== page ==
Time Hollow review
Adventure Gamers Awards
The day I first heard about Time Hollow was like Christmas. No, better than Christmas. It was like hearing the reindeer on the roof and Santa ho-ho-hoing down the chimney and suddenly realizing that Christmas has somehow snuck up on you, and you're about to get a whole bunch of unexpected loot.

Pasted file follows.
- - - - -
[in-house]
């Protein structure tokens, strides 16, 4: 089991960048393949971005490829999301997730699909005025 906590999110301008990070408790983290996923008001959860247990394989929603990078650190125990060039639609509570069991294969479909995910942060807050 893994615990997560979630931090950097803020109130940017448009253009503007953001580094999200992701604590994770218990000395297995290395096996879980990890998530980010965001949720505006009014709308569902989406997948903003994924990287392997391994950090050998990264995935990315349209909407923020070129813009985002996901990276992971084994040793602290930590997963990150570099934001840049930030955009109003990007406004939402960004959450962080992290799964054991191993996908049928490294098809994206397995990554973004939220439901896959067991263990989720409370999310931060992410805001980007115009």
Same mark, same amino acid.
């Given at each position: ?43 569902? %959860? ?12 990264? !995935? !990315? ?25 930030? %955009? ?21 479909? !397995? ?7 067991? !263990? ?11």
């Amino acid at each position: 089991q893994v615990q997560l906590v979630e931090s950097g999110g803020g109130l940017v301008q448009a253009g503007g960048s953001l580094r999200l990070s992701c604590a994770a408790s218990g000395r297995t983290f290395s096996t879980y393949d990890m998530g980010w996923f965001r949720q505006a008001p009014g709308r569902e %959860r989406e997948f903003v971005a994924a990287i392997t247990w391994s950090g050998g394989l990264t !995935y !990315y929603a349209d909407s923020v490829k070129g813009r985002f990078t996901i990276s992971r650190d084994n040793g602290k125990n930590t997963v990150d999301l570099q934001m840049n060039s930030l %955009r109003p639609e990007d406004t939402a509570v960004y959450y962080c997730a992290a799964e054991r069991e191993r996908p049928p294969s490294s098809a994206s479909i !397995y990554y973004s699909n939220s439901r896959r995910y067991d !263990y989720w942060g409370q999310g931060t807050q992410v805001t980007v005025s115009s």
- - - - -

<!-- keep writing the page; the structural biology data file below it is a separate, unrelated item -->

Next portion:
A little background, lest you think I'm some kind of weirdo who can't keep track of major holidays: Shadow of Destiny is one of my favorite games of all time. I played it on PC about five years ago, and then played it again... and again... and again. This was partly due to the game's multiple endings, which are just begging for replay, and partly due to the fact that it had practically everything I look for in a game. A great story with several layers that you have to peel away to get at the core of what's going on. A main character whose emotions became real to me as I followed him on his bizarre, and yet relatable, time travel journey. Several "a-ha!" moments as the puzzle pieces fell into place. And best of all, deliciously tantalizing unanswered questions that left me thinking about the game long after I finished it. (And, ultimately, that prompted me to play it again... and again... and again...)